From November 2021 to February 2023, in partnership with the Children’s Funding Project, Afton led the Great Start for All Minnesota Children Task Force. With early care and education stakeholders from around the state, we facilitated the development of a plan and implementation timeline to accomplish the statewide vision for “all families to have access to affordable, high-quality early care and education that enriches, nurtures, and supports children and their families.” The Task Force was established by bipartisan legislation and within the legislative charge, there were three key goals:
- Creating a system in which family costs for early care and education are affordable;
- Ensuring that a child’s access to high-quality early care and education is not determined by the child’s race, family income, or zip code; and
- Ensuring that Minnesota’s early childhood educators are qualified, diverse, supported, and equitably compensated regardless of setting.
The Task Force included 15 voting members including parents of children under five; center directors; family child care providers; school-, center-, and Head Start-based educators; state legislators; and a member of a federally recognized tribe. There were also 22 nonvoting members including representatives of advocacy organizations, subject matter experts, and state agency employees.
The final report and implementation timeline can be found here. Some of the key recommendations in our final report and timeline include:
- Create a family benefits system that provides affordable access for all families, with no family paying more than 7% of income for services. This includes a new “Great Start Minnesota Program” that would existing federal and state funding streams along with additional funding. Under this program, all families would be eligible to participate and no family will pay more than 7% of income for early care and education.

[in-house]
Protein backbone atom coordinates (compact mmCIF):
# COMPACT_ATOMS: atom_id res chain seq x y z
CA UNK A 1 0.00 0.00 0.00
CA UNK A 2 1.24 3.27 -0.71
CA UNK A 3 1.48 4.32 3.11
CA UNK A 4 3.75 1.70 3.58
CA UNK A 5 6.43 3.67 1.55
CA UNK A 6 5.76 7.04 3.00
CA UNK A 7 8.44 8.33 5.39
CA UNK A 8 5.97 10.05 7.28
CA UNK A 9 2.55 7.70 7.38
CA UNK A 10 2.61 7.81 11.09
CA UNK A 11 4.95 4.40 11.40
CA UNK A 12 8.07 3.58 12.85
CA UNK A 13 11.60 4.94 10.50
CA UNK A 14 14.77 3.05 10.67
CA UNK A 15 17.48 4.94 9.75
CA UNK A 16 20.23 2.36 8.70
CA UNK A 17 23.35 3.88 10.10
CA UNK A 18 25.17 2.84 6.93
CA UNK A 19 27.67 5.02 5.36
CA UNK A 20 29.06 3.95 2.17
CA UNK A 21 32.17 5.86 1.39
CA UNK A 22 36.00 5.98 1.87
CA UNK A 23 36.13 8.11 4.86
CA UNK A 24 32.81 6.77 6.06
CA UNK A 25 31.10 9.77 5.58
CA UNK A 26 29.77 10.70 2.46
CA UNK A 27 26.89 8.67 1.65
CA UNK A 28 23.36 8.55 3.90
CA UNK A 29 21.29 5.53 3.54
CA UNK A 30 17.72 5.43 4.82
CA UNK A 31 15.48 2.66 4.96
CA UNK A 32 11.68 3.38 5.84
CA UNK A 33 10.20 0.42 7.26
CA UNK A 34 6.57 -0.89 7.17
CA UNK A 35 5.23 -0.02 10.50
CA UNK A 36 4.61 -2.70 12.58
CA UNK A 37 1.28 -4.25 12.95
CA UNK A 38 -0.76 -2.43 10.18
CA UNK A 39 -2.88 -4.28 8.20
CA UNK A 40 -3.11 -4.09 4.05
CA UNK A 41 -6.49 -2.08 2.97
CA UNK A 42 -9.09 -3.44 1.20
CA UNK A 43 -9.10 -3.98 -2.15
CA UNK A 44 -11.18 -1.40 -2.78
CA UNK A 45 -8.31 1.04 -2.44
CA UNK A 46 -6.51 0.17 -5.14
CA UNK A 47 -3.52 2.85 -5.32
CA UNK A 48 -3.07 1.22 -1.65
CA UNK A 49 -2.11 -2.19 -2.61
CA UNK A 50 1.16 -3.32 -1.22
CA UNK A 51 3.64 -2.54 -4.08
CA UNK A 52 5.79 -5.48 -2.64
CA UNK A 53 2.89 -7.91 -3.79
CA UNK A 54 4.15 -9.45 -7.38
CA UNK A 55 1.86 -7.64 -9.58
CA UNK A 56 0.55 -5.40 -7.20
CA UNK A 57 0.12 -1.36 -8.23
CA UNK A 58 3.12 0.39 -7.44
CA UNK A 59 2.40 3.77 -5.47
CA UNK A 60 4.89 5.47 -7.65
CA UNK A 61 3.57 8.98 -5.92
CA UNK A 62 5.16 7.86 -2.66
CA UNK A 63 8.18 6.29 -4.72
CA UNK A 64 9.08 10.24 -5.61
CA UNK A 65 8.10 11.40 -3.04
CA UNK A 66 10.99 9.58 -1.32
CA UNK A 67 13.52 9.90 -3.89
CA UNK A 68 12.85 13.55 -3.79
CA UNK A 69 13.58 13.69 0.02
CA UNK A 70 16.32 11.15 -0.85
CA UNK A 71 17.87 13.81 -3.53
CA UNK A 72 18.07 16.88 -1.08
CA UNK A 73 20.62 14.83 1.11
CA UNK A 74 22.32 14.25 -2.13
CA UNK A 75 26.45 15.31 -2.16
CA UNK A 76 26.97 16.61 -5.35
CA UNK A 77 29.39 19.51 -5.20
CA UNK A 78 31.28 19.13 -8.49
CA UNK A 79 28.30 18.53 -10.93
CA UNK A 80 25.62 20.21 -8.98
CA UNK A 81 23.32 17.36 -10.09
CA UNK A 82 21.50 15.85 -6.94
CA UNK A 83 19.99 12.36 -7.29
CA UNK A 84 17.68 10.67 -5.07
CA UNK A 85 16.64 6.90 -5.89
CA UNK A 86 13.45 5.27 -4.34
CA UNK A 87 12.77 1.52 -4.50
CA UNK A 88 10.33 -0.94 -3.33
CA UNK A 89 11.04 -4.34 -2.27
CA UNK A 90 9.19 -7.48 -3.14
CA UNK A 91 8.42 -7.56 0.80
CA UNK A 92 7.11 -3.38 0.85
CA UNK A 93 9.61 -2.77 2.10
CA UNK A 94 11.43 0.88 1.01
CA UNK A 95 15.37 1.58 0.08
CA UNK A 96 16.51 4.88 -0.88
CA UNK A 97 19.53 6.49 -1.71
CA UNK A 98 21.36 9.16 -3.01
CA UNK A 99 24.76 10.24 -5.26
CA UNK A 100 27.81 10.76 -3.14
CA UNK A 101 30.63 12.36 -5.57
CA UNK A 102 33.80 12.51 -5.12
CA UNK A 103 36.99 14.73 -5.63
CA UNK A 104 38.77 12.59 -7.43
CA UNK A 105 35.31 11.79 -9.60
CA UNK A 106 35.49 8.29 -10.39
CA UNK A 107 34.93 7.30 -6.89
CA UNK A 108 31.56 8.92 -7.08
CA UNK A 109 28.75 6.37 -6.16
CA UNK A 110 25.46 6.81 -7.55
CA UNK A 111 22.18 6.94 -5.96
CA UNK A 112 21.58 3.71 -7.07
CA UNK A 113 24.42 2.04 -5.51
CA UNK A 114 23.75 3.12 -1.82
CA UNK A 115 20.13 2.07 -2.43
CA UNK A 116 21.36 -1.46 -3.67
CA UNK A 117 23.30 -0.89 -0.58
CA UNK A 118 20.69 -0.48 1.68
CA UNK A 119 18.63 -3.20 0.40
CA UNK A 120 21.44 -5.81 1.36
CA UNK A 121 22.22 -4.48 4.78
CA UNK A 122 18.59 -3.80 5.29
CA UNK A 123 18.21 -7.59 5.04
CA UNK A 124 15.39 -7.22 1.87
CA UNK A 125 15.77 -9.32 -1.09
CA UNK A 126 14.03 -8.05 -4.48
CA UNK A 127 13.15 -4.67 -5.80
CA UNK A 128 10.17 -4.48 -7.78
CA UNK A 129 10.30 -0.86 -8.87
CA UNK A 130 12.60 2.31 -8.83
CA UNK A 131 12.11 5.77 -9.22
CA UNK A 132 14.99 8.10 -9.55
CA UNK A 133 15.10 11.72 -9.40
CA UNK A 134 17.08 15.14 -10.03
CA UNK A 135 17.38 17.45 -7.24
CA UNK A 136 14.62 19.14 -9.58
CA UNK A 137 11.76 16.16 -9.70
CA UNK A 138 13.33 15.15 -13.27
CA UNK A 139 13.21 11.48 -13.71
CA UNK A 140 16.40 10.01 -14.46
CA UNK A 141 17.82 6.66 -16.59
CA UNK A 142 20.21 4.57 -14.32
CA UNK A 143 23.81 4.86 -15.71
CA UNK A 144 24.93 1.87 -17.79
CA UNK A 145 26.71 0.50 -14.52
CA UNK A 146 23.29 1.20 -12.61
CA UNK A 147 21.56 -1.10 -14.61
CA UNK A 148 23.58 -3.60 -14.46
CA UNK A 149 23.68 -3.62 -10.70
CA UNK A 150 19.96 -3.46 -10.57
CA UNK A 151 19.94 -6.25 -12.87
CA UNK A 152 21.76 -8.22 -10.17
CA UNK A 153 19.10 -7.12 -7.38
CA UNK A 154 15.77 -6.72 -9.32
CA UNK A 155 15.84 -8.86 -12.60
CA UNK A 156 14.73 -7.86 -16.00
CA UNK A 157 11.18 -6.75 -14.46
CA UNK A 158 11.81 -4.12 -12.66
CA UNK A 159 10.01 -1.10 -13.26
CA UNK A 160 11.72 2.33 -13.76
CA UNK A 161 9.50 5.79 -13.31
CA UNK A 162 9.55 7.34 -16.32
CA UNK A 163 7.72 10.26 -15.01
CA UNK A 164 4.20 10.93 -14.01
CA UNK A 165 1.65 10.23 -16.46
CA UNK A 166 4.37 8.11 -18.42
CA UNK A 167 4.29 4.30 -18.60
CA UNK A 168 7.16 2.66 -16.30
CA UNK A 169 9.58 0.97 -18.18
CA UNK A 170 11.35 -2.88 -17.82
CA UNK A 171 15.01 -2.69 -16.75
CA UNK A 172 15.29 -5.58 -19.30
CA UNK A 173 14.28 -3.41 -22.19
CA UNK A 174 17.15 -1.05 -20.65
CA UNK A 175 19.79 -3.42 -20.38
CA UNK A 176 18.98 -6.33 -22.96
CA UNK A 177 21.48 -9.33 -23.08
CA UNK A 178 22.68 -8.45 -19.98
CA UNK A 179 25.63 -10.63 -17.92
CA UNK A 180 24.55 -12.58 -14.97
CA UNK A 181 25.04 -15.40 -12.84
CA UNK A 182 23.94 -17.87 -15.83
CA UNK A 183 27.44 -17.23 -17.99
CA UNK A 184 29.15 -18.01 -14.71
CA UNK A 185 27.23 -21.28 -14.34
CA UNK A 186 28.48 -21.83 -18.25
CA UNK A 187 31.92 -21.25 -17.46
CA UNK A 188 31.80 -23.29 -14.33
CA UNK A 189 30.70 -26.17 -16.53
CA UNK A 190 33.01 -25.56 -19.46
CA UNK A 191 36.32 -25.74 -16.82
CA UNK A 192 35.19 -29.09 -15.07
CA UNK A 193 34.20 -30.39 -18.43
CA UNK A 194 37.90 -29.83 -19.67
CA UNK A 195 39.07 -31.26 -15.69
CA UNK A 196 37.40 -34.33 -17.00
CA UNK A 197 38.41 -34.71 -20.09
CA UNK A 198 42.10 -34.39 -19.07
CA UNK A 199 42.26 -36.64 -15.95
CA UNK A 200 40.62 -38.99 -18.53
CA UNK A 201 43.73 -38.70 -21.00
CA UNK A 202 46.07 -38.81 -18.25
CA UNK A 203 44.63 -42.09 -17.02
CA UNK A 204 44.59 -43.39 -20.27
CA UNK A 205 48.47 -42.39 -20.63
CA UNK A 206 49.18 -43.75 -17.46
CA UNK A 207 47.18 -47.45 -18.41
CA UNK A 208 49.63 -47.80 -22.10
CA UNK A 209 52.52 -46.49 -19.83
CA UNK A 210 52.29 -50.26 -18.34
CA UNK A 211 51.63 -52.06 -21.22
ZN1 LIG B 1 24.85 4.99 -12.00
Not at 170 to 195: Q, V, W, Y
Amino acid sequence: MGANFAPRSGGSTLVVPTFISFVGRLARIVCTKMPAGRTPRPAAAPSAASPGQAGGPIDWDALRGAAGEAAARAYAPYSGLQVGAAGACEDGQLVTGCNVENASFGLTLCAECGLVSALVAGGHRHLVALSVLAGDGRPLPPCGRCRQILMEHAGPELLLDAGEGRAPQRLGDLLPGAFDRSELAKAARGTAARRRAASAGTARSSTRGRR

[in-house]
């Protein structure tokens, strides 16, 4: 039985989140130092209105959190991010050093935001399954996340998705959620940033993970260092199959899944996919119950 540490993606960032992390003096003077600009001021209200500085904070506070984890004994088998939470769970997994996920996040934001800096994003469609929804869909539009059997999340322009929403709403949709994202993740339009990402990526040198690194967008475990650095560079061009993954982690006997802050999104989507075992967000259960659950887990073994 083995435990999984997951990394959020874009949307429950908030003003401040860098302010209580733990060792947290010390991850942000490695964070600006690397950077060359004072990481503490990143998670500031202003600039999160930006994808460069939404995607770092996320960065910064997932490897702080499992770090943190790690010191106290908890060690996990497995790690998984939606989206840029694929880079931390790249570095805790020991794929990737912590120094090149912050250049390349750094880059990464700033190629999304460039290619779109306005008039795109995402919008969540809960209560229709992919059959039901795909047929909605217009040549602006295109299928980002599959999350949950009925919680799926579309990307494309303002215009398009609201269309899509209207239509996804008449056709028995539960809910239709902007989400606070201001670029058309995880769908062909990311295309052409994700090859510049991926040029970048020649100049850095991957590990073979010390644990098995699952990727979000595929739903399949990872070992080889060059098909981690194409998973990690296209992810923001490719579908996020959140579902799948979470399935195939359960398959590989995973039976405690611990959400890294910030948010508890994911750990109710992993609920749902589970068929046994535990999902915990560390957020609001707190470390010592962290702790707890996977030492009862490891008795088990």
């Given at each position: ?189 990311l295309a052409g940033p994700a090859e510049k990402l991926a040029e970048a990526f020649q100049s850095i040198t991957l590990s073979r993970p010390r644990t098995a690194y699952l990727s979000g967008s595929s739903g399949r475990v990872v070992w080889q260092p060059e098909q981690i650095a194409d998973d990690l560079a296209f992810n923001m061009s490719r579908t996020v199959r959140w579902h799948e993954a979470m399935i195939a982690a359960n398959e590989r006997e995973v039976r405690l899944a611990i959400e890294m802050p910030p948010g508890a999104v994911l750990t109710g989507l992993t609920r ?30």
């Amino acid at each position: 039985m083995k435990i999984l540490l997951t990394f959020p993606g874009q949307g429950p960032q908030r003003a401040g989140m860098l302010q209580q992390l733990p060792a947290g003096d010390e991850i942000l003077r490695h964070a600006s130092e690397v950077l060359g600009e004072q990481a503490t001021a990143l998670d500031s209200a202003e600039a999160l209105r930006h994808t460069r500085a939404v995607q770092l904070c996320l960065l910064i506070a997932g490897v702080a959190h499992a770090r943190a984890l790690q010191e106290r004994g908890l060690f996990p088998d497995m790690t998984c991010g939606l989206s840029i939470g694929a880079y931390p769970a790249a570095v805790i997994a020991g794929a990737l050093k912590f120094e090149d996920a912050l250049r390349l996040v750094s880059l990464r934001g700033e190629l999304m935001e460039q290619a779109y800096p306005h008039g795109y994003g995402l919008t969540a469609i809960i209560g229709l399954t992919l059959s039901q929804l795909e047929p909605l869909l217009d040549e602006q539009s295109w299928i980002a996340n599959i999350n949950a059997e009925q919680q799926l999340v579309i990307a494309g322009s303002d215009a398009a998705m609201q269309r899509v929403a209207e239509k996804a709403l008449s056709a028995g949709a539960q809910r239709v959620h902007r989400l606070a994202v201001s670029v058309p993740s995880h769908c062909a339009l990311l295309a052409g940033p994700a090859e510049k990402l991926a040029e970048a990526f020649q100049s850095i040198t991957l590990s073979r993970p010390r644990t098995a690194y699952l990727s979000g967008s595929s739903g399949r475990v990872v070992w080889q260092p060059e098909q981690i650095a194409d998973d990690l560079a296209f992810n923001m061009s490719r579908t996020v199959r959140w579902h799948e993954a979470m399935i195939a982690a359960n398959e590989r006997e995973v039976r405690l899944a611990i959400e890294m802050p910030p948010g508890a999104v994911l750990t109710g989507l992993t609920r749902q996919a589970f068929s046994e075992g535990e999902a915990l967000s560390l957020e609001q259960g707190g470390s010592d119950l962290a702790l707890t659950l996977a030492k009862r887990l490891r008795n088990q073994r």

- Provide early childhood programs with adequate funding to deliver effective services for children and families. Early care and education programs need to be funded fairly for the critical services they offer. The Task Force recommends that programs are paid based on the true cost of services, determined through cost modeling. Current rates are limited by the prices families are able to pay, rather than a rate that would cover the full cost of care and allow for fair workforce compensation.
- Pay the early care and education workforce a living wage. The poor compensation and benefits for early care and education workers are leading to workforce shortages. The Task Force recommends a compensation framework that pays early care educators at least a living wage and increases wages aligned with experience and education. The task force also recommends increased benefits including time off and health insurance.
These recommendations and many more are outlined in the Task Force’s plan and implementation timeline with specific roles that legislators, state agencies, local government, and community-based organizations can play.
Establishing intentional, equitable Task Force facilitation processes helped to create strong, thoughtful recommendations. Early on, the Task Force created several guiding processes including:
- Centering children and families from historically disenfranchised communities,
- Working across diverse stakeholder perspectives, and
- Building on previous work and successes in Minnesota’s early care and education system.
Additionally, the Task Force established voting protocols, guiding principles and meeting norms and expectations which allowed all Task Force voices to be heard. While recommendations were accepted through a majority of voting members, The Task Force worked towards consensus of voting and non-voting members. All of these guiding processes led to productive discussions and a final report which a diverse group of Task Force members support.